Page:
Here’s what your kids should be investing their time in, instead of Fortnite

I get it, your aspiring teenager believes they’re going to be the next eSports champion to win a few million dollars and the thought of them buying you a new house sounds awfully nice. The reality is, most won’t be elite eSports champions, most will simply invest hundreds of hours into Fortnite, simply for entertainment.

Sometimes things happen in life happen, that reminds you that life is short and you need to make the most of the time you have. While teenagers often have an inflated sense of invincibility, they too suffer from the same clock called life, that we all do.

It’s time to encourage, as strongly as you can, to your teenagers that they can and should invest the spare time they have wisely. Before we get into the possible alternatives, I will mention that there is space in our lives for relaxation and entertainment, important to a well rounded individual.

So now here’s a list of some far more productive ways for teenagers to spend their times than Fortnite.

1. TED Talks

TED Talks are videos from experts in their respective fields that are designed to be short, influential speeches that are thought provoking. There’s a wide variety of topics from Technology, Design, Business, Science and even global issues that there’s something here for everyone.

By watching videos from, your teenager can see content that is from outside of their world, from experts on the other side of the planet and that could inspire them to make a different choice in life, particularly when it comes to deciding a career.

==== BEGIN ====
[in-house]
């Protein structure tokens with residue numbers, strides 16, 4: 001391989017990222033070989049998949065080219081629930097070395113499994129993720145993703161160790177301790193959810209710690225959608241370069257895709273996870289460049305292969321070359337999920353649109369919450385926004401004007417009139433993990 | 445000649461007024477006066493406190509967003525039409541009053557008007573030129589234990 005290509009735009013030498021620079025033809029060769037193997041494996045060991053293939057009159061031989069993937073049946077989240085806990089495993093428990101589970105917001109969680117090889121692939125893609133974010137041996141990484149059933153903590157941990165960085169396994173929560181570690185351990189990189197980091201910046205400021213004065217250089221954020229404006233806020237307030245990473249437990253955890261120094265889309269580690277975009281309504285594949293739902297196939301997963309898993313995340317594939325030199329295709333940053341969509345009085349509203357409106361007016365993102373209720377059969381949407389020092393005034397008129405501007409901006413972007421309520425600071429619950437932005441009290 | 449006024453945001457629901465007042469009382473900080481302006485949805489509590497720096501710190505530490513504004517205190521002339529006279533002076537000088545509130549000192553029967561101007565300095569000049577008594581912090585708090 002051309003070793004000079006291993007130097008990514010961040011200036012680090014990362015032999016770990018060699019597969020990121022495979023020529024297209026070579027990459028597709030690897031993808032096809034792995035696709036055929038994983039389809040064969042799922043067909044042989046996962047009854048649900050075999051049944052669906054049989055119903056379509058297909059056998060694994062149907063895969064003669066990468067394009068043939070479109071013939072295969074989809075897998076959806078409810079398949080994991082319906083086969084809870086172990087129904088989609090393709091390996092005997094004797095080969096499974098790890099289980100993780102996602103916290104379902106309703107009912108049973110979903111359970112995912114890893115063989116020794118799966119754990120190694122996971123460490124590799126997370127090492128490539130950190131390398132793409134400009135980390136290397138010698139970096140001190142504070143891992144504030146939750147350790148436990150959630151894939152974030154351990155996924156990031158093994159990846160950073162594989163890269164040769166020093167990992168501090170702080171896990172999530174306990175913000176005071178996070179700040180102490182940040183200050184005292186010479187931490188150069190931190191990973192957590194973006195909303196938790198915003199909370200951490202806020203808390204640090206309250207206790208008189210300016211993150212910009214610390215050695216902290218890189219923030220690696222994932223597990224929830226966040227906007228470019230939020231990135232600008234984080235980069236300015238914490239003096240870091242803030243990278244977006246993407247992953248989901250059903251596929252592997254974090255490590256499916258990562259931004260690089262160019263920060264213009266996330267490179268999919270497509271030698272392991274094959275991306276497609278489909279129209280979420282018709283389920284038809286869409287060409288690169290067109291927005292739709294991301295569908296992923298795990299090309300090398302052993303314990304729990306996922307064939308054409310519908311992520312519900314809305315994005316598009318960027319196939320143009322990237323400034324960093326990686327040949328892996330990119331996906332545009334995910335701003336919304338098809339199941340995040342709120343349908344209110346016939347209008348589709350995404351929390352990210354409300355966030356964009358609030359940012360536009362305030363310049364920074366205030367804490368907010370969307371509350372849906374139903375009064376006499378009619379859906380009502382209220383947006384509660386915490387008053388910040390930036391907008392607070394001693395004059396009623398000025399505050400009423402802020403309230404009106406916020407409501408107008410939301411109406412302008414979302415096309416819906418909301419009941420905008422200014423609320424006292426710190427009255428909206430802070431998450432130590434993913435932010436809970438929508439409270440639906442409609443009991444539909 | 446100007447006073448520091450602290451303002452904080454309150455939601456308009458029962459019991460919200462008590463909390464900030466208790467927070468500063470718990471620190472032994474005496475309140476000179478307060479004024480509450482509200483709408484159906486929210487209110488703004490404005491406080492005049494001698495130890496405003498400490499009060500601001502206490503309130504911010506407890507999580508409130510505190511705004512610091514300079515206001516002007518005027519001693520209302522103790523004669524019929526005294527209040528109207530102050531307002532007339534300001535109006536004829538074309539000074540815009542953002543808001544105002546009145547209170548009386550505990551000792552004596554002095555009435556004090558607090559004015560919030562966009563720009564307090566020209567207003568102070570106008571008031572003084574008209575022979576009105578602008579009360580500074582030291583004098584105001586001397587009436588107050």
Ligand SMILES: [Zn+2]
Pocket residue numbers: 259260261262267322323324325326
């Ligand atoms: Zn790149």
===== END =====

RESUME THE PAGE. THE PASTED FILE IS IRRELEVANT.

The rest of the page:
For more information, head to

2. Learn creative skills

The ability to create and edit images goes far beyond adding filters in Instagram and Snapchat. Your teenager would be really well served by learning skills in creative applications like Adobe’s Creative Cloud.

From photos, to video, to web and mobile development, Adobe has a product for almost any creative task and there’s a reason they’re the industry standard.

Services like and even adobe’s own offer great options for learning Adobe and many other software applications. These skills will certainly assist your teenager in future School, TAFE or University assignments and will make them dramatically more employable than those who don’t.

3. Learn programming

As your child goes about using software made by other people, you should ask them, what do they think separates them and the people that write their favourite app? The answer is knowledge, an attribute that is easily learnable thanks to the wonders of the internet.

Working at McDonalds will pay for the next video game or maybe even the next gaming rig, but it won’t pay for life. The jobs of tomorrow will largely be ones that require either direct programming knowledge, or the skills and problem solving thought processes learnt by programming.

Your teenager has an amazing opportunity to get ahead of the pack, but investing time in programming. The next question is naturally which language and software should they learn to maximise their future job prospects?

There are plenty of jobs in mobile application development, which would require skills in iOS or Android, but there’s also Javascript/HTML and CSS that will serve them well on anything web-related.